Equal Protection Under the Carceral State

49 Pages Posted: 29 May 2018 Last revised: 12 Jun 2018

Aya Gruber

University of Colorado Law School

Date Written: May 16, 2018

Abstract

McCleskey v. Kemp, the case that upheld the death penalty despite undeniable evidence of its racially disparate impact, is indelibly marked by Justice William Brennan’s phrase, “a fear of too much justice.” The popular interpretation of this phrase is that the Supreme Court harbored what I call a “disparity-claim fear,” dreading a future docket of racial discrimination claims and erecting an impossibly high bar for proving an equal protection violation. A related interpretation is that the majority had a “color-consciousness fear” of remedying discrimination through race-remedial policies. In contrast to these conventional views, I argue that the primary anxiety exhibited by the McCleskey majority was a “leniency fear” of death penalty abolition. Opinion author Justice Lewis Powell made clear his view that execution was the appropriate punishment for McCleskey’s crime and expressed worry that McCleskey’s victory would open the door to challenges of criminal sentences more generally. Understanding that the Court’s primary political sensitivity was to state penal authority, not racial hierarchy, complicates the progressive sentiment that McCleskey’s call-to-action is securing equality of punishment. Derrick Bell’s “interest convergence” theory predicts that even conservatives with an aversion to robust equal protection law will accept racial-disparity evidence when in the service of crime-control values. Indeed, Justice Powell may have been more sanguine about McCleskey’s discrimination claim had mandatory capital punishment been an option. Accordingly, I caution that, outside of the death penalty context, courts and lawmakers can address perceived punishment disparities through “level-up” remedies, such as mandatory minimum sentences or abolishing diversion (which is said to favor white defendants). There are numerous examples of convergence between antidiscrimination and prosecutorial interests, including mandatory sentencing guidelines, aggressive domestic violence policing and prosecution, and the movement to abolish Stand-Your-Ground laws.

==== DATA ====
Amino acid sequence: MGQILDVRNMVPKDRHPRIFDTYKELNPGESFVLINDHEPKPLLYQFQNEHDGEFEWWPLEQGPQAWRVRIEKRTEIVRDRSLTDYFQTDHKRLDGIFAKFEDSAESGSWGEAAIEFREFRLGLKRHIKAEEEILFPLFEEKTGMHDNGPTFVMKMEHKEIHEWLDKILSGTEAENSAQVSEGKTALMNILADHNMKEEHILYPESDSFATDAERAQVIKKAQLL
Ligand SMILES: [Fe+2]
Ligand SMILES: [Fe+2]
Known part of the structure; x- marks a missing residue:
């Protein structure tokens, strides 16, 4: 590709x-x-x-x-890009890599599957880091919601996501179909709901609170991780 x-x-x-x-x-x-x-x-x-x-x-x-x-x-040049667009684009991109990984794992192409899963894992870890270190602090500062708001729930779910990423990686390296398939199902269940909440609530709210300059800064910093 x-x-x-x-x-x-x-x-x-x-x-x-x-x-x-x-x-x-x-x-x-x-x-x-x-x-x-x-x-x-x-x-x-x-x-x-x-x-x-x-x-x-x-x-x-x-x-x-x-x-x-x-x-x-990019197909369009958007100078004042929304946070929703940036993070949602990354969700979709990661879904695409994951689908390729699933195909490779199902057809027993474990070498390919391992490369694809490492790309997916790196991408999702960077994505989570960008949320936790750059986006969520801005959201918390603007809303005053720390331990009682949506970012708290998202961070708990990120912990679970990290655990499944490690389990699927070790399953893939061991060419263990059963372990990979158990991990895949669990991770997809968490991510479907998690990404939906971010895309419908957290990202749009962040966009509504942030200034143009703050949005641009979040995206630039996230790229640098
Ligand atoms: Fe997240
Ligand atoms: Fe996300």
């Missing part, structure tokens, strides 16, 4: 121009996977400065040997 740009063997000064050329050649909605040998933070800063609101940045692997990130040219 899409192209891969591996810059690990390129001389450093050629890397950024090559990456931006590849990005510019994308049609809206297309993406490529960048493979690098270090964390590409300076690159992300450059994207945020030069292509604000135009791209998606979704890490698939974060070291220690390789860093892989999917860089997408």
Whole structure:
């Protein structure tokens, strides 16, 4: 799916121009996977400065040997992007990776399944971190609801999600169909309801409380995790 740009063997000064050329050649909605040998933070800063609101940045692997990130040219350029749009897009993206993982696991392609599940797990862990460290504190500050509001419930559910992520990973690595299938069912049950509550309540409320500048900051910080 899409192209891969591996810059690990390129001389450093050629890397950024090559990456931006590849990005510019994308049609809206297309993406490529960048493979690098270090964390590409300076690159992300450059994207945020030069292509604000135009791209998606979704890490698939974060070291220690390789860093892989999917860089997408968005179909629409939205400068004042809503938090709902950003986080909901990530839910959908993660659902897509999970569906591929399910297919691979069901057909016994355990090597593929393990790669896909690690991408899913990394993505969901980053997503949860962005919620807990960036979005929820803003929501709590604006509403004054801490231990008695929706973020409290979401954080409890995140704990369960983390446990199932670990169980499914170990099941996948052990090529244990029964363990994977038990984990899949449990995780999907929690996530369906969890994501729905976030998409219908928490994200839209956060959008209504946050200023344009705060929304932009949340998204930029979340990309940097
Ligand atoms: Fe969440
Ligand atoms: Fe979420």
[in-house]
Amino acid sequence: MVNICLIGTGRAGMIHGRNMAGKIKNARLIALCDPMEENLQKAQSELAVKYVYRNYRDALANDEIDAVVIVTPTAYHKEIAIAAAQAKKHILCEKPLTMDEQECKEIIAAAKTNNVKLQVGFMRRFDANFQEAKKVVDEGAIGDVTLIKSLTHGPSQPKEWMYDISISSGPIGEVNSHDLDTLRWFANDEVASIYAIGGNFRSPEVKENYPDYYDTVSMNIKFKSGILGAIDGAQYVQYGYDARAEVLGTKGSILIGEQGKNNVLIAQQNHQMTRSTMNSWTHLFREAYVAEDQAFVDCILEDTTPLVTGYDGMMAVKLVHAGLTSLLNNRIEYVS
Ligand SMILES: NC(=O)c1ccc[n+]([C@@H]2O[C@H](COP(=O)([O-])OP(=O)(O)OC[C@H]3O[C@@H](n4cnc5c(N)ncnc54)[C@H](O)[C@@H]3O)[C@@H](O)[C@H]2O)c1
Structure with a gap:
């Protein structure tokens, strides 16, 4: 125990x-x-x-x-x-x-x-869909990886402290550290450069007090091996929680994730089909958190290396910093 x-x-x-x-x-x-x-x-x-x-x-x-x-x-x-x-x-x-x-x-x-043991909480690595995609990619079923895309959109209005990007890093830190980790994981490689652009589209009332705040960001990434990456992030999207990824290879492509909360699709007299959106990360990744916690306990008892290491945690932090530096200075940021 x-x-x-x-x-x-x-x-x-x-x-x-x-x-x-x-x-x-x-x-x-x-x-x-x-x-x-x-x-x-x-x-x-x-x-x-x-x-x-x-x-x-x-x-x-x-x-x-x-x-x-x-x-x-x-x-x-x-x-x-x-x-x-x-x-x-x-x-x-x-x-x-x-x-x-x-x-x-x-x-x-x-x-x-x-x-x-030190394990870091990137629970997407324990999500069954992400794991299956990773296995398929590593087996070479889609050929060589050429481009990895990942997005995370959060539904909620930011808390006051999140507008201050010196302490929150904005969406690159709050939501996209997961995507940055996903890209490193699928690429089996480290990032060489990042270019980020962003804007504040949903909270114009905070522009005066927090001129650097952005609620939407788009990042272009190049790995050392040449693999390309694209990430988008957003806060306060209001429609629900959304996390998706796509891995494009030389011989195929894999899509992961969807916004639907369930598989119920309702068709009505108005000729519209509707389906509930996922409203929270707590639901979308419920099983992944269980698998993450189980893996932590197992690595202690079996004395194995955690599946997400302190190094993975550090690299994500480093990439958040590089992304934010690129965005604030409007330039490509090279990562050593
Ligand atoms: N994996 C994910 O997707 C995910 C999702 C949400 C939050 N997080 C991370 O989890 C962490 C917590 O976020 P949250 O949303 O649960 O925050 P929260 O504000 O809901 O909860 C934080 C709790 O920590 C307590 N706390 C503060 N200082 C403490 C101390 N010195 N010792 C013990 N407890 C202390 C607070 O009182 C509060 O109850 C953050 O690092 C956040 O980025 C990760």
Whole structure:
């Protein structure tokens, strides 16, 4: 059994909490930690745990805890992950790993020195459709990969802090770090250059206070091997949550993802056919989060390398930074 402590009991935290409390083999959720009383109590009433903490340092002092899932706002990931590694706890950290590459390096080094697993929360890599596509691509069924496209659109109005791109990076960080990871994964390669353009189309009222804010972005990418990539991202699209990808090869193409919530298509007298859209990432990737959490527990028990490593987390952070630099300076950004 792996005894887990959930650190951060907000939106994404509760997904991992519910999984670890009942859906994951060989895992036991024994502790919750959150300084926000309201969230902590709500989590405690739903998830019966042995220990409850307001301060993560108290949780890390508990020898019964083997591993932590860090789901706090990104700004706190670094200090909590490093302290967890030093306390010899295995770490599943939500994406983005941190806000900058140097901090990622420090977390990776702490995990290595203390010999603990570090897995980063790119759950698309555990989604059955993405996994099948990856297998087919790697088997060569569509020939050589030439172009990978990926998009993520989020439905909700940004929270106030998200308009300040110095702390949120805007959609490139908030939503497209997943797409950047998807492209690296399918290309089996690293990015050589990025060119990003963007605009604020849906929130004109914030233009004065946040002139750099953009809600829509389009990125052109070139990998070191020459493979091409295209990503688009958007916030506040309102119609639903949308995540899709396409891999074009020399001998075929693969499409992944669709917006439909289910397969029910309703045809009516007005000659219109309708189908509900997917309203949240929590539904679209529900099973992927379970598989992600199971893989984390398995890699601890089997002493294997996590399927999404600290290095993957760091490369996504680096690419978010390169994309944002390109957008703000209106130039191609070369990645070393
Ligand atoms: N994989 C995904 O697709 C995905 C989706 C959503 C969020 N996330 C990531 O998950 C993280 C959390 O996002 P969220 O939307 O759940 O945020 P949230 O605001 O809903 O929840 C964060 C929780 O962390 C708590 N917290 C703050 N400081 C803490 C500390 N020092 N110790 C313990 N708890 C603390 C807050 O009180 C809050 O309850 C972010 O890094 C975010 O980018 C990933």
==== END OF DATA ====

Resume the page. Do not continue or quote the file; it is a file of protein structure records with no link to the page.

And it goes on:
Keywords: equal protection, death penalty, capital punishment, sentencing, racial disparity, discrimination, antidiscrimination, Baldus study, domestic violence, stand your ground, sentencing guidelies

JEL Classification: K14, K42

Suggested Citation

Gruber, Aya, Equal Protection Under the Carceral State (May 16, 2018). Northwestern University Law Review, Vol. 112, No. 6, 2018; U of Colorado Law Legal Studies Research Paper No. 18-23. Available at SSRN: https://ssrn.com/abstract=3179707

Aya Gruber (Contact Author)

University of Colorado Law School ( email )

401 UCB
Boulder, CO 80309
United States
(303) 492-8441 (Phone)

HOME PAGE: http://lawweb.colorado.edu/profiles/profile.jsp?id=325

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